Talking to Arduino through the Serial Port

By markvillacampa on January 21, 2012 — 2 mins read

I wanted to be able to pass any data to Arduino from my PC or the Internet. There are several ways to do that. The most obvious one is buying an
Ethernet Shield or
Bluetooth module, but they are more expensive than an actual Arduino Uno, so I looked for alternatives.

I wanted to create a web interface to control Arduino, so these
Serial-to-Network libraries seemed like the best solution to do it with PHP since it doesnt support serial connection (well actually there’s a
PHPSerial class for doing that but it didn’t word for me under Mac OSx Lion).

First I tried
SerialIP since it didn’t need any additional software on the host. However the
slattach command was removed in OSx 10.5. I recompiled it from
some source code I found on the Apple Open Source site but that didn’t work either. Compiling
SOCAT and looking for a similar command to attach the serial port to the network seemed too complicated so I passed to the next library.

SerialNet.pde uses Processing, a language based on Java and especially aimed to generate simple graphics, as a proxy. It worked like a charm and I was able to connect to the desired port trough Telnet.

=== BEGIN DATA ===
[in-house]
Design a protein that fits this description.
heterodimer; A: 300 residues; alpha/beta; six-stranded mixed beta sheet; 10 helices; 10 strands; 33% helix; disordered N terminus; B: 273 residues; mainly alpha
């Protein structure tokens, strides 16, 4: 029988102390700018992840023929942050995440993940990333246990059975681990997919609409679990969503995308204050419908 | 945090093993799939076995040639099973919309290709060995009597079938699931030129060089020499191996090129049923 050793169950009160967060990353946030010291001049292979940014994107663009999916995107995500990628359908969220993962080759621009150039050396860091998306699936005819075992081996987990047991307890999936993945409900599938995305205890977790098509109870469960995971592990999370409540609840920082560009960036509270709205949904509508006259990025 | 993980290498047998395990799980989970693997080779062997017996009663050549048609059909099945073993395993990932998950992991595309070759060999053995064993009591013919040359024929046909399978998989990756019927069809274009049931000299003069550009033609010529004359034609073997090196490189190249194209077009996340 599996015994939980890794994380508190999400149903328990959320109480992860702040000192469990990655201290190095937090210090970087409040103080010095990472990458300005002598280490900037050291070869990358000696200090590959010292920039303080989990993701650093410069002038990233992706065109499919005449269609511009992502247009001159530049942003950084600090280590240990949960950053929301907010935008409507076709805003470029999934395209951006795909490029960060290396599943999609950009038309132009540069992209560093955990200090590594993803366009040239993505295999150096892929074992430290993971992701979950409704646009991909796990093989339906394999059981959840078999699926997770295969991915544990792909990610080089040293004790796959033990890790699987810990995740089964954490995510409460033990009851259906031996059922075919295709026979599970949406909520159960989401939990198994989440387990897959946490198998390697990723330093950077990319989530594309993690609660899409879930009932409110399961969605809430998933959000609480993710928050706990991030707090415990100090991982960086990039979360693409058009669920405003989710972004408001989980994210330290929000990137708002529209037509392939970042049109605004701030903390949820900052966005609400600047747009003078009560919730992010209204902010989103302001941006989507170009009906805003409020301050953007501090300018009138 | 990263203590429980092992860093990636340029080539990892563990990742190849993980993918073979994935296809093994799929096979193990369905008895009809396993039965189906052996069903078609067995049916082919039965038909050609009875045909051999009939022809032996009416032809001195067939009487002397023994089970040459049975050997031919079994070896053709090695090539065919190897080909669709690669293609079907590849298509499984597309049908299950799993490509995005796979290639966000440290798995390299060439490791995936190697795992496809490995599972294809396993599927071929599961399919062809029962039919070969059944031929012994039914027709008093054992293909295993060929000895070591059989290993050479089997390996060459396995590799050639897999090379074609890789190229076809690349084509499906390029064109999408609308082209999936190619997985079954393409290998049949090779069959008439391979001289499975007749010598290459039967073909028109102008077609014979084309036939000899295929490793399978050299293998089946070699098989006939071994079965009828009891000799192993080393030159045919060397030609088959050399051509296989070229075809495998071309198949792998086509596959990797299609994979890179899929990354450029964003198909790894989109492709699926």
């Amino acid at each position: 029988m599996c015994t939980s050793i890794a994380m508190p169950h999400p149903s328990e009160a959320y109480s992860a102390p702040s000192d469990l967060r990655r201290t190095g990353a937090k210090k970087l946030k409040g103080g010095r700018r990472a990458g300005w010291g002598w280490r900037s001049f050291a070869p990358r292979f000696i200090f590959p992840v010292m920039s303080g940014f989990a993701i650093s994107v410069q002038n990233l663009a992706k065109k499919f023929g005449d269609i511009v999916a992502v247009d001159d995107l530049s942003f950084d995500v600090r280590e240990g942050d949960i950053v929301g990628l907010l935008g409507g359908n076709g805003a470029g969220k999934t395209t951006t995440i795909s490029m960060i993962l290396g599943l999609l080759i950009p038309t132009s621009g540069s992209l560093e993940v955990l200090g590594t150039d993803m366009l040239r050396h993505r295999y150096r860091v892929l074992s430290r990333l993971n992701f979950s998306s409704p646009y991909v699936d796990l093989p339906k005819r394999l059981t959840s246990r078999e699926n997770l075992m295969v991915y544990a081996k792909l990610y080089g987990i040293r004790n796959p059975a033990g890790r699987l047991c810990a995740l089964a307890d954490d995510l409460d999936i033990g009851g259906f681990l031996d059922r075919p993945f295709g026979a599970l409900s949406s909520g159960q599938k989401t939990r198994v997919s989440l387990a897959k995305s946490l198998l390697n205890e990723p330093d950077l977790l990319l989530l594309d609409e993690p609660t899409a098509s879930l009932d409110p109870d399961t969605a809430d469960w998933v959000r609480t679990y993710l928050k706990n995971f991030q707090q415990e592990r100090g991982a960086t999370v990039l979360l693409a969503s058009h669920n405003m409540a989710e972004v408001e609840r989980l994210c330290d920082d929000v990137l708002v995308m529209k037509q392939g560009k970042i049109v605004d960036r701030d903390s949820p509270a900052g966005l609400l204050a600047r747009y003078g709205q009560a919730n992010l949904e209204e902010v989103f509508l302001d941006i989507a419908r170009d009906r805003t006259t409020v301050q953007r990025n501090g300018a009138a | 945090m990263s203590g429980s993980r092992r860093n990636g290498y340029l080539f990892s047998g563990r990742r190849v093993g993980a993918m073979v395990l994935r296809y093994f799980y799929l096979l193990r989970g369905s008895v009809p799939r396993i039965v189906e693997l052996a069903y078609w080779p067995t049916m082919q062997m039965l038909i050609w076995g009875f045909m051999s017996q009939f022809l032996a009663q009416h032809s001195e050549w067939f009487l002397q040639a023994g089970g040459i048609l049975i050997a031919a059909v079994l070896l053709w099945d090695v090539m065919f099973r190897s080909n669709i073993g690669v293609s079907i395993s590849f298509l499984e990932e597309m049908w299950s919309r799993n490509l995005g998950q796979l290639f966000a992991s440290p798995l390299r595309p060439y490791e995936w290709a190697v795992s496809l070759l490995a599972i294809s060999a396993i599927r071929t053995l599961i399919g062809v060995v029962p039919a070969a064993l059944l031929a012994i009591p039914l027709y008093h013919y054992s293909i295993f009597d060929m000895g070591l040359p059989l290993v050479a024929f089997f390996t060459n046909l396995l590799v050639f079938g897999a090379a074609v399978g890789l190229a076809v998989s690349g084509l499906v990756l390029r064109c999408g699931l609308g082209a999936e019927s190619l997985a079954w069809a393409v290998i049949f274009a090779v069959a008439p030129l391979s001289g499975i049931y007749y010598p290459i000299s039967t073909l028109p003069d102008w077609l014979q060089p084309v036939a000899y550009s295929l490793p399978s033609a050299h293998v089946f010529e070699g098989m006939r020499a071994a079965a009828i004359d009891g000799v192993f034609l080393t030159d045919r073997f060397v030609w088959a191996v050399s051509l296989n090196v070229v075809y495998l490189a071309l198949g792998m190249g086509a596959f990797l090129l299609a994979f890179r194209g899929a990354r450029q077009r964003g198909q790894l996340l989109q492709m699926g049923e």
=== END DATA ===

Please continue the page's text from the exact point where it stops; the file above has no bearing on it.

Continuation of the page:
However I wanted a cleaner solution that didn’t need a proxy, and then I found
Ruby SerialPort. It couldn’t be easier. Simply install the gem doing:

sudo gem install ruby-serialport

This is the Ruby code for the “Hello World”, you can find the path to your Arduino under the Tools > Serial Port menu of the Arduino SDK:require ‘rubygems’

require 'serialport'

sp = "/dev/PATH_TO_YOUR_DEVICE", 9600

case ARGV[0]
when 1
  sp.write 1
when 0
  sp.write 0

Now connect a LED between the pins 13 and GND and upload this code to your Arduino:

int ledPin = 13;
int state=0;

void setup() {
  pinMode(ledPin, OUTPUT);

void loop() {
  if (Serial.available() > 0) {
    state =;
    switch(state) {
      case '1':
      case '0':

Now simply run this using your Terminal to turn on the LED:

ruby yourfile.rb 1

And this to turn it off:

ruby yourfile.rb 0

And now you can even easily create a web interface to control your Arduino project using Rails or the Ruby web framework of your choice 🙂

PS: This has been tested under Mac OSx Lion, but should work under Linux and Windows provided that you have Ruby installed and you write the correct path to the Arduino serial port.